I don't pick up the mail. I don't pick up the phone. I don't answer the door. I‘d just as soon be alone. I don't keep this place up. I just keep the lights down. I don't live in these rooms. I just rattle around.
Ghost In This House,
When the apocalypse hit no one else could see it, not really. They came to the funeral, sent cards, and dropped off casseroles never knowing they were witnessing a post-apocalypse that consisted of one zombie. The day Monique died was the end of John’s world even if the rest of the world didn’t know.
Cancer sucks. It doesn’t just take your life; it steals your soul, everything you hold dear. Monique had been a wedding crasher, and a funeral crasher, and a graduation crasher. If there was a party or gathering Monique would crash it. Nothing could contain Monique until "The Big C" put an end to her escapades. She was bound to her bed while the disease attacked her breasts and lungs and lymph nodes and liver. Through it all she never complained, not once. She was herself to the end.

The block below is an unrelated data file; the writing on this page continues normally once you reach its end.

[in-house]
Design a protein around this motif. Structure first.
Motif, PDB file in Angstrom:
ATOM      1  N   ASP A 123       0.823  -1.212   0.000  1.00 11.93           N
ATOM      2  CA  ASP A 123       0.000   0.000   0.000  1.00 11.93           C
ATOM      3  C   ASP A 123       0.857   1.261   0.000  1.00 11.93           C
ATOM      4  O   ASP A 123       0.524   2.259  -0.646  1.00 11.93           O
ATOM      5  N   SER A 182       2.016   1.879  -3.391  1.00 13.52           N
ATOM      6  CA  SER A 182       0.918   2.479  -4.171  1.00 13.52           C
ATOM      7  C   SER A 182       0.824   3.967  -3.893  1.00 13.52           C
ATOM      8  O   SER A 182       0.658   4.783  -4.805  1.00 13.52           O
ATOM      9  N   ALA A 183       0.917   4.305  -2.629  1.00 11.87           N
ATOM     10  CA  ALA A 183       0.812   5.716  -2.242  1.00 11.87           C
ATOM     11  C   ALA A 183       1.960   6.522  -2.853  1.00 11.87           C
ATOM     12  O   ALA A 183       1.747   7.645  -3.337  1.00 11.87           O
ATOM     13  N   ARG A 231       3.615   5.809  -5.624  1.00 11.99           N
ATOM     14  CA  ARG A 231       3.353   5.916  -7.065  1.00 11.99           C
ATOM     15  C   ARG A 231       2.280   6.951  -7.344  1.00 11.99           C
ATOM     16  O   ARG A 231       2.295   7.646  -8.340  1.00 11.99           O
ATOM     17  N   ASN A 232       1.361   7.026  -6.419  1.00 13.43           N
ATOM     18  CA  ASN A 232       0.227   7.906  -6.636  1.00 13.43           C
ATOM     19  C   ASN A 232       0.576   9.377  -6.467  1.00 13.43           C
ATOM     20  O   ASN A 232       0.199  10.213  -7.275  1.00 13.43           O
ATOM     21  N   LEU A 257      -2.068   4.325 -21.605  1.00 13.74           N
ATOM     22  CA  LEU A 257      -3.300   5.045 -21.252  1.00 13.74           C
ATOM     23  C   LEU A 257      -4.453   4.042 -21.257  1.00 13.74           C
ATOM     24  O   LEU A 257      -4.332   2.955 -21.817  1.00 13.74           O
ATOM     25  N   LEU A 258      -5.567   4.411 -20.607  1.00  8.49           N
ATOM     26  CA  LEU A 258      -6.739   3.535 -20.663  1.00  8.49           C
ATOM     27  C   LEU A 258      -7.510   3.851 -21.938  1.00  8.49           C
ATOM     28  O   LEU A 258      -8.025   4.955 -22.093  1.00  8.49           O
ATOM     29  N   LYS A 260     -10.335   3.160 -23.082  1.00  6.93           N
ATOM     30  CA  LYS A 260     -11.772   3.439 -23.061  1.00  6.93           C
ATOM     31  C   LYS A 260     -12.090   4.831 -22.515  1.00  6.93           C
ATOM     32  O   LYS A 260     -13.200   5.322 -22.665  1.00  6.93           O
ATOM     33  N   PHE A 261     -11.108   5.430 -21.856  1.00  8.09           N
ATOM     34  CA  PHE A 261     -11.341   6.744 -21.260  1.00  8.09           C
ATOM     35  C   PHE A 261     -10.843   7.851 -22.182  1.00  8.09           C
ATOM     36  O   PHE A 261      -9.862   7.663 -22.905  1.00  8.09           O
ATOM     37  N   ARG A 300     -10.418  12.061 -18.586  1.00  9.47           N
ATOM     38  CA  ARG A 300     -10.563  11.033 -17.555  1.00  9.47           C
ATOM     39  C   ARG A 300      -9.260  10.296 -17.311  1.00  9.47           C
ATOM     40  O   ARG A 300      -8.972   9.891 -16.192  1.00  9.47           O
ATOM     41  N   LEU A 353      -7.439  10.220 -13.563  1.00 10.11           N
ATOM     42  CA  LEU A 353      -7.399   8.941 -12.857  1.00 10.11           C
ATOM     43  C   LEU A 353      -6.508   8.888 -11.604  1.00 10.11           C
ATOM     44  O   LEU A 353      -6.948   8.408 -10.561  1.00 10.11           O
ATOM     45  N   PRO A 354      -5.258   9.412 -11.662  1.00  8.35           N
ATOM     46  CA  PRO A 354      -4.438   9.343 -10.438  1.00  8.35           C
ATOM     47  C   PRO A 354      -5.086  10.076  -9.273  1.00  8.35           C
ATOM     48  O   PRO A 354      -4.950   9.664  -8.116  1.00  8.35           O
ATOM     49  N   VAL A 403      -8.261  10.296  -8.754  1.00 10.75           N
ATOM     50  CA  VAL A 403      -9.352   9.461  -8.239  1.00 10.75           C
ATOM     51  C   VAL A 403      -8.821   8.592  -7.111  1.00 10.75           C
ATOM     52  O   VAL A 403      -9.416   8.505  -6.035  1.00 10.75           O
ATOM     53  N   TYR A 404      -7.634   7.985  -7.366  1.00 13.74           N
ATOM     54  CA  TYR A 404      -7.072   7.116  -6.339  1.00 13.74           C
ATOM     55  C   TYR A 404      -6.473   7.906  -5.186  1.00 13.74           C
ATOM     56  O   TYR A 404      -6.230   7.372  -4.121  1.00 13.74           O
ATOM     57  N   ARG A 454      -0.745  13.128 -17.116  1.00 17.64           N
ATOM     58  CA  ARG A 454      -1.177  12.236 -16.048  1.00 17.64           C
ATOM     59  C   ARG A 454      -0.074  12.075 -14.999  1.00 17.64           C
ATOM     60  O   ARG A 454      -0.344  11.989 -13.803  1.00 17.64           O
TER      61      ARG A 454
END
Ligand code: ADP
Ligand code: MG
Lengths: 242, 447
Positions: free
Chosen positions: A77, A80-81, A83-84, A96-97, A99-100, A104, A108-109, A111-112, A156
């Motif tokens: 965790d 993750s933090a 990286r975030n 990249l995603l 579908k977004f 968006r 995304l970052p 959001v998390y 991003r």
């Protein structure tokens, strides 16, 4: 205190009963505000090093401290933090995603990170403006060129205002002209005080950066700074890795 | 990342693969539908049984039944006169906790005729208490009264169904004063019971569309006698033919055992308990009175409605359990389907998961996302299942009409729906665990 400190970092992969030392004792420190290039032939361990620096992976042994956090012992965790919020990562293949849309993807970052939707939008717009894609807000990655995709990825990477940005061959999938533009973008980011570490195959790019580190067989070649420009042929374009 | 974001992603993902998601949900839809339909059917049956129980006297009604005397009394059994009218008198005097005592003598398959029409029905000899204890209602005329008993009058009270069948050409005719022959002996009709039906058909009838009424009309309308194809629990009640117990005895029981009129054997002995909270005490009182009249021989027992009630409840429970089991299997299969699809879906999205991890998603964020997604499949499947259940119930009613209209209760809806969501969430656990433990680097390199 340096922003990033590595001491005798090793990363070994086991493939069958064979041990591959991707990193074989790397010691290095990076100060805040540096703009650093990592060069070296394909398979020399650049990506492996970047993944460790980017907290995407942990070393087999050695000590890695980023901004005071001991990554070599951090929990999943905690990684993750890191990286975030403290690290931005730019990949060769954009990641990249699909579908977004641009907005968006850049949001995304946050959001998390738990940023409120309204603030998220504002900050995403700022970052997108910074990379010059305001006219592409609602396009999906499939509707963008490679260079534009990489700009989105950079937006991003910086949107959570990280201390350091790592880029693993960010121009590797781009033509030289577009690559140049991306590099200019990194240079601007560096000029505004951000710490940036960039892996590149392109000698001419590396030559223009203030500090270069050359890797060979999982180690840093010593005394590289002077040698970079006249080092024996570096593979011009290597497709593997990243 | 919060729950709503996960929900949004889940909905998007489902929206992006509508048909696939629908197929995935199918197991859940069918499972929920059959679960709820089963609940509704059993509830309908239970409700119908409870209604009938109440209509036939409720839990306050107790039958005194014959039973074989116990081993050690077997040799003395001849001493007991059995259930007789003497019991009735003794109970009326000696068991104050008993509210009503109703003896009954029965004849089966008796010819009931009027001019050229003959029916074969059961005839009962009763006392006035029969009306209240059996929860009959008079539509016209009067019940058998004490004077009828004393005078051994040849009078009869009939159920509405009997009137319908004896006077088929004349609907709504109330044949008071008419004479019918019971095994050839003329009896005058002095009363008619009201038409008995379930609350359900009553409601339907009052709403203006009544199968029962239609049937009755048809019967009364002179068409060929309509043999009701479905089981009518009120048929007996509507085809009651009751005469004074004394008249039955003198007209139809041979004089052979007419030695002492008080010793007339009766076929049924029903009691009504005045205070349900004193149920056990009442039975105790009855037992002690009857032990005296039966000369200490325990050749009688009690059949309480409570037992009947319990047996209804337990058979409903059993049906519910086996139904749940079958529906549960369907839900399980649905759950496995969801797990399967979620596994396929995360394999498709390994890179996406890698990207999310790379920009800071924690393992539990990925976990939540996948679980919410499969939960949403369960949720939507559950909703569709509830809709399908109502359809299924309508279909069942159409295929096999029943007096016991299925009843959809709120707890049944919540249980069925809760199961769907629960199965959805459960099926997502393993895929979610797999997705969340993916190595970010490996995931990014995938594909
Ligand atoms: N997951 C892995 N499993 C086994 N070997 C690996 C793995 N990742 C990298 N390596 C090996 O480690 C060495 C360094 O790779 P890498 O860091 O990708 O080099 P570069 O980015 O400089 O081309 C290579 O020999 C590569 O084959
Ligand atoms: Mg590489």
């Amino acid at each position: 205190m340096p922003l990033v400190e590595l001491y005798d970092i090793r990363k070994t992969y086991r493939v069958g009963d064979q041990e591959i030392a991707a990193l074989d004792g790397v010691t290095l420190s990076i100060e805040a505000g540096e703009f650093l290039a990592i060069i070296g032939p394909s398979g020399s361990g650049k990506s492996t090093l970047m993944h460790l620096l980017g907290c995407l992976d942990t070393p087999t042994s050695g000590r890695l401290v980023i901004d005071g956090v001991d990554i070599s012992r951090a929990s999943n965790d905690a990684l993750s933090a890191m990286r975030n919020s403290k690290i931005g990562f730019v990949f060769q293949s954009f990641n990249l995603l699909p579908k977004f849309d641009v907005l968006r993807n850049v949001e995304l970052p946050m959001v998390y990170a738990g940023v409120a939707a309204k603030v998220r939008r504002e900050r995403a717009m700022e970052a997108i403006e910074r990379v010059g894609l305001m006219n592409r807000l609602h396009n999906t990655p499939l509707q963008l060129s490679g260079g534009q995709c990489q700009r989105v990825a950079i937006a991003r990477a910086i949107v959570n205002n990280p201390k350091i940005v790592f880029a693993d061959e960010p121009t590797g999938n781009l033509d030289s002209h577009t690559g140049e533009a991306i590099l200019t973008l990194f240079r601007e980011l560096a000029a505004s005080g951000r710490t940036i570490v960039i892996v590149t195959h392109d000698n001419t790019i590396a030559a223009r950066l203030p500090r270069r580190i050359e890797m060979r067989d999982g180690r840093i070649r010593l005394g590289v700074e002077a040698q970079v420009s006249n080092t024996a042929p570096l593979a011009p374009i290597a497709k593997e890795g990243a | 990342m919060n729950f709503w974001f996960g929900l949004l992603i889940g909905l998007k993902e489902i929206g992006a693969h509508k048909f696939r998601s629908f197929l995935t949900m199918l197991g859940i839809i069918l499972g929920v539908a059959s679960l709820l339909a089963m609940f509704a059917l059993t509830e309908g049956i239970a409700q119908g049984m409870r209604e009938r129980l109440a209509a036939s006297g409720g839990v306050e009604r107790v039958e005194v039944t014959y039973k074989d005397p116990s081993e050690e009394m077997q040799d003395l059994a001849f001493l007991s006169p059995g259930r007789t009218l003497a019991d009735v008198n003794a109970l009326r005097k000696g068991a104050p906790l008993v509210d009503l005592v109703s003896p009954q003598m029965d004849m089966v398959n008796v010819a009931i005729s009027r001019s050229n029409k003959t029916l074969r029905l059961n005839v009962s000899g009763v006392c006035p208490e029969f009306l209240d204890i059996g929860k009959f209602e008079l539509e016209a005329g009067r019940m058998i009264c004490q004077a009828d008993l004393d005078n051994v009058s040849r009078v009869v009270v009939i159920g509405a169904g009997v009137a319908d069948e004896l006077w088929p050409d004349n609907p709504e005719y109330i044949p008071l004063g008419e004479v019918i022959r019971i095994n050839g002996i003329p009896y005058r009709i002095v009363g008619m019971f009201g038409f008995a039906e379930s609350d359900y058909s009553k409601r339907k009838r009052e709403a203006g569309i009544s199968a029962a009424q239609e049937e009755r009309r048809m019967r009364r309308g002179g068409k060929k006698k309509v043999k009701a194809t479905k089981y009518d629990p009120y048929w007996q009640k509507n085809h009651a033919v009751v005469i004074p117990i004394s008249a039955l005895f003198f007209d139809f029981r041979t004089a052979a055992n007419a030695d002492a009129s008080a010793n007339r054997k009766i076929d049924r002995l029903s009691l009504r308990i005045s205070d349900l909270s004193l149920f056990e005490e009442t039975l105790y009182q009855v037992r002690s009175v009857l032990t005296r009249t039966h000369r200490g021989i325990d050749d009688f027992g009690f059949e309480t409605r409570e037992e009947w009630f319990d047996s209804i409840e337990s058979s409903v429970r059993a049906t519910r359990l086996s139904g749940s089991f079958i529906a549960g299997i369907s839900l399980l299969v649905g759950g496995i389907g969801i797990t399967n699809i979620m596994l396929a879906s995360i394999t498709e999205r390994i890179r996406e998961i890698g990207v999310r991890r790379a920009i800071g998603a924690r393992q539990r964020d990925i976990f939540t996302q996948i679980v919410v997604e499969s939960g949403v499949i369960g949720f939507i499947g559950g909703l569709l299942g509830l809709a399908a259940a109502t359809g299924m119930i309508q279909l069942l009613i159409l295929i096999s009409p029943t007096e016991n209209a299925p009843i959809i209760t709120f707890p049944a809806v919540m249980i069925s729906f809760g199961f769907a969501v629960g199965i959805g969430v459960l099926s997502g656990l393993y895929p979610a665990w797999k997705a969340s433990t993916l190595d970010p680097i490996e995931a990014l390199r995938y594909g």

John had met Monique at a cafe in Pamplona, Spain. He had gone there to run with the bulls. John was known for doing crazy things. He was an extreme skier, a motorcycle enthusiast, and had tried his hand at stock car racing. He had a bucket list before most people had a shopping list. He was going to sneak up a pyramid and stand on every continent in the world. John loved it when his heart was racing and his mind was on autopilot but that day he discovered there was no thrill like Monique.
He was sitting alone at an outdoor table doing one of the things he loved best: people watching. John knew everyone had a story and he would try to read them in the few moments before they would leave his view.